By Louis Snyder
Christian Science Monitor 12-23-70
In three performances on Friday, Sunday, and Monday, the Opera Society of Washington added to its very considerable 13-year stature with the first presentation in the United States of Frederick Delius's "Koanga" - the first, in fact, of any of his operas to be staged here. What was more, the Delius work, with only three Covent Garden performances to its credit since its premiere in 1904 at Elberfeld, Germany, burst with tremendous impact on an audience unprepared for the moving impressionistic beauty of its score, and the very contemporary implications of its plot, both magnificently realized in the society's production at Lisner Auditorium.
The opera, set in a Louisiana plantation in the early 1800's, is bracketed by a prologue and epilogue a century later, so that the main plot is in essence a story told to a group of young girls by a conjureman. It deals with the purchase by a planter, Don Jose Martinez, of Koanga, a proud African prince and voodoo priest, who refuses to submit to slavery, but is persuaded to do so by his attraction to Palmyra, a mulatto slave girl, also strangely drawn to him. Following Christian wedding ceremonies, the girl is stolen away by .a jealous overseer, and Koanga escapes to invoke a curse on the plantation in weird voodoo rites. He kills the overseer, whose followers slay him, and Palmyra stabs herself.
Blend of influences
Although Delius was born in England of German parents, he spent his early years in Florida, and after some musical study in Germany settled in France. It is not surprising then that "Koanga" blends the flavor of the South (there is a banjo in the orchestration, 30 years before "Porgy and Bess" used one) with the impressionism of the French school, and a hint of the dark majesty of Wagner.
The result, however, is neither patchily variegated nor derivative. The score flows like hot, glowing lava, bright, forceful, and menacing by turns as the plot demands. It is a succession of stunning passages: the Monet-like quality of the girls' choruses in prologue and epilogue; the colorful, insinuating rhythms of "La Calinda," a Creole dance which prefaces the wedding, itself a vocal ensemble of great richness; the palpitating voodoo rites and the encounter between Koanga and Perez, his rival; the love music for Palmyra and Koanga; the velvety orchestral interludes, and an overpowering tragic scene which brings the opera to a close. Captured in music is the wild beauty and basic starkness of a time that no longer exists as such but is immediately and startlingly recognizable.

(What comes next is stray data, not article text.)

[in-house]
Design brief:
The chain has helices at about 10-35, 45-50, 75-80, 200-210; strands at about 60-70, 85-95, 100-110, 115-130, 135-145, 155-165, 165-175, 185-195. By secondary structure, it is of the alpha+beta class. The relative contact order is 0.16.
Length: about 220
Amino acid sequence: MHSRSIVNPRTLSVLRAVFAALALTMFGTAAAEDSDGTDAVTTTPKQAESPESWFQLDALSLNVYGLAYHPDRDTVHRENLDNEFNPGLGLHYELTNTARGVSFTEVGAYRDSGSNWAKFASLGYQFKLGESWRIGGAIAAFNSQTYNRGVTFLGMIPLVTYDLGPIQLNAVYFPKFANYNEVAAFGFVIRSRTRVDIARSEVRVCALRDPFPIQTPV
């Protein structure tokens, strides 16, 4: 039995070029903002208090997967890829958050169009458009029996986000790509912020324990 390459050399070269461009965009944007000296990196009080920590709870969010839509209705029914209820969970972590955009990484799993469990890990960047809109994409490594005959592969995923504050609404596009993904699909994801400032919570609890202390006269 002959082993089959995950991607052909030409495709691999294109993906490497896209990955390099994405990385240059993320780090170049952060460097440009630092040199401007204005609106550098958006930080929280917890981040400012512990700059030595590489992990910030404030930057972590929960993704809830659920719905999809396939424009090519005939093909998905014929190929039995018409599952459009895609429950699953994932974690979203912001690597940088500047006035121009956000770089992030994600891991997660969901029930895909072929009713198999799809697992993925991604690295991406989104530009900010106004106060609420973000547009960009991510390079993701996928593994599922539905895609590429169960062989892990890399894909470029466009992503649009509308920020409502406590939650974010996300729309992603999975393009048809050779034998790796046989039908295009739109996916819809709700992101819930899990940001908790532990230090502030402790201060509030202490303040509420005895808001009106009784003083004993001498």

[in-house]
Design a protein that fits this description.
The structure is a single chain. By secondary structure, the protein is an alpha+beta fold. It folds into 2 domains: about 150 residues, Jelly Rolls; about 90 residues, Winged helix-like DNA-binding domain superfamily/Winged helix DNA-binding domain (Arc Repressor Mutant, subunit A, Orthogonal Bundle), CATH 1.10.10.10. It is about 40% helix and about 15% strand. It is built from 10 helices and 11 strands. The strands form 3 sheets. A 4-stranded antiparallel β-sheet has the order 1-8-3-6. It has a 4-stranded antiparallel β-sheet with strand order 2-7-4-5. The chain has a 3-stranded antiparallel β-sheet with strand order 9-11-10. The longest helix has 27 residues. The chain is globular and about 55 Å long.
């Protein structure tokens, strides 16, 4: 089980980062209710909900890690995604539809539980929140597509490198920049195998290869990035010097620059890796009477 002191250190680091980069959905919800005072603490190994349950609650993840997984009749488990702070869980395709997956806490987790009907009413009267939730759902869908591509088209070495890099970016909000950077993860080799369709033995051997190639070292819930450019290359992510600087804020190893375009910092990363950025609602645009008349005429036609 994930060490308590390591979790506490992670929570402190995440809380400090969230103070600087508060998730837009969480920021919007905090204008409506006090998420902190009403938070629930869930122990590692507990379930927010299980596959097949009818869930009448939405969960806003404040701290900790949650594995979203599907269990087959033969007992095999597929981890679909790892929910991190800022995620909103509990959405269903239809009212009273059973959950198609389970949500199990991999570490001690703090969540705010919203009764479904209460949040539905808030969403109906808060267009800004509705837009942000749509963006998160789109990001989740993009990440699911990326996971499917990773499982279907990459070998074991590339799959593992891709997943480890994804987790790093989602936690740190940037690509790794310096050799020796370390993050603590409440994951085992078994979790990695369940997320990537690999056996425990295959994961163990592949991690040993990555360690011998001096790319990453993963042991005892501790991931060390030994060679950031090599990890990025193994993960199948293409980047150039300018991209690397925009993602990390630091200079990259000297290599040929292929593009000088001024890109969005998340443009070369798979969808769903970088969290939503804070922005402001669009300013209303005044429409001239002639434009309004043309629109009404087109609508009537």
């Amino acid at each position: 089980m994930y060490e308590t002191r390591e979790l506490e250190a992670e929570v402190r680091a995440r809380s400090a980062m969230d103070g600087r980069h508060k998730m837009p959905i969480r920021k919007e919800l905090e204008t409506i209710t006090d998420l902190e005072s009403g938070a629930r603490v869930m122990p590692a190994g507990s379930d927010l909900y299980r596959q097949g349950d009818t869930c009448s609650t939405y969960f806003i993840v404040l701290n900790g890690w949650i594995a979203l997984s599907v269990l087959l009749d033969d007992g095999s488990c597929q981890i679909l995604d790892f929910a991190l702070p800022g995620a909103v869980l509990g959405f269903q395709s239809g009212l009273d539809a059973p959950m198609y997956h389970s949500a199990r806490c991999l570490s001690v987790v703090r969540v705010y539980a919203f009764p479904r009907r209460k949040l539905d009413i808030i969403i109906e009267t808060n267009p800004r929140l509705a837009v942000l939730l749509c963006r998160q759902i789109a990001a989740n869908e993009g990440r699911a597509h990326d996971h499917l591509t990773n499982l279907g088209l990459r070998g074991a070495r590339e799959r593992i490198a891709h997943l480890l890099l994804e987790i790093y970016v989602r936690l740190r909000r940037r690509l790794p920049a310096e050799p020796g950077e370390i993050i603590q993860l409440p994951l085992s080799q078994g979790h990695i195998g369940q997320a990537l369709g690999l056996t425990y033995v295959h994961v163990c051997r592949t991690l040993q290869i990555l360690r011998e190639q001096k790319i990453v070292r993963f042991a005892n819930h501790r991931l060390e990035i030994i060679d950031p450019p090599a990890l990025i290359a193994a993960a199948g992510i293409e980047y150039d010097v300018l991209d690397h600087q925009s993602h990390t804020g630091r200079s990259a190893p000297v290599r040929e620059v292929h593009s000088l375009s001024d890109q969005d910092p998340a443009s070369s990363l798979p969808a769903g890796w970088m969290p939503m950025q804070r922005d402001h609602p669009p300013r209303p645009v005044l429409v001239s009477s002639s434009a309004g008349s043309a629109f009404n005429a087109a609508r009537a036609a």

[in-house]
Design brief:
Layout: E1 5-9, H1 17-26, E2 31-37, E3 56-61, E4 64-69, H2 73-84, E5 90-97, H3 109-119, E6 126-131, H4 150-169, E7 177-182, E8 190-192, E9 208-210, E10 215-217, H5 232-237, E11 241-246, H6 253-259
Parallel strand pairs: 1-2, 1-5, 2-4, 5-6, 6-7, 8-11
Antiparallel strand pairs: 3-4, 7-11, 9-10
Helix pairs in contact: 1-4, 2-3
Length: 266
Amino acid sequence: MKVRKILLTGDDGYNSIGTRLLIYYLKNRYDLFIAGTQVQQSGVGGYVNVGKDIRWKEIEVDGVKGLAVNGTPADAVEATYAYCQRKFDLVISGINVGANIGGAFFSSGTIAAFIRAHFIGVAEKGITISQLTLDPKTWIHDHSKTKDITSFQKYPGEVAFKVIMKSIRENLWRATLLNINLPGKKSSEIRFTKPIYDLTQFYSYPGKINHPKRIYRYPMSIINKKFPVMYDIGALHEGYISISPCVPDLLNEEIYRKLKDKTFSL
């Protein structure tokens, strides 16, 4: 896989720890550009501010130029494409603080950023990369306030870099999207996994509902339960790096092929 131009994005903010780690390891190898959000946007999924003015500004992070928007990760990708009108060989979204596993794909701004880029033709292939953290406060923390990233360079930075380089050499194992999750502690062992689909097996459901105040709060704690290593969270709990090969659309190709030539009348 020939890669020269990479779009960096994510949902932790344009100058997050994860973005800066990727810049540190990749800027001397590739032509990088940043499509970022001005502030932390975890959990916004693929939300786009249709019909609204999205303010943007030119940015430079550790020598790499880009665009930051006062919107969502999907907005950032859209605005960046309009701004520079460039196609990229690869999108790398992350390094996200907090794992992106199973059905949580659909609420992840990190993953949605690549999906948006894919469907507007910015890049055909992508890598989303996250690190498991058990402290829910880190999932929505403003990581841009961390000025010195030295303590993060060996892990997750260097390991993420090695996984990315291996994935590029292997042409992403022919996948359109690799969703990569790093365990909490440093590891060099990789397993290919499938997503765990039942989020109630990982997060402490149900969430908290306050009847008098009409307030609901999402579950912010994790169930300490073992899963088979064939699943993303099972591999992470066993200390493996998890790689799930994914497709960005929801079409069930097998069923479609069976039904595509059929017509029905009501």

Complementing this unexpected revelation (the first "American" opera?) were the splendid musical performances under Paul Callaway's baton, and Frank Corsaro's superb production, which used film, projections, scrims, and misty light around the performers to speed the plot on its way. From a visual point of view, Ronald Chase's films and projections, taken on the spot in the South, were breathtaking, and the lighting of Nananne Porcher partnered them with continual effectiveness.
As Koanga, baritone Eugene Holmes rose to the demands of a grueling role with tremendous vocal and dramatic strength, and Claudia Lindsey's warm soprano and commanding stage presence made her a perfect Palmyra. There were outstanding performances too, on Friday, from Will Roy as Martinez, William McDonald as Perez, Joyce Gerber as the planter's wife, and Edward Pierson as the conjureman. Orchestra and chorus were of top quality.
Too much credit cannot be given the Opera Society of Washington for
this spectacular reexamination of "Koanga," which will and should lead
to assigning the largely unappreciated works of Delius their rightful place
in the musical spectrum. Perhaps the unrelenting efforts in the past of
Sir Thomas Beecham and a few others in their behalf have at last reached
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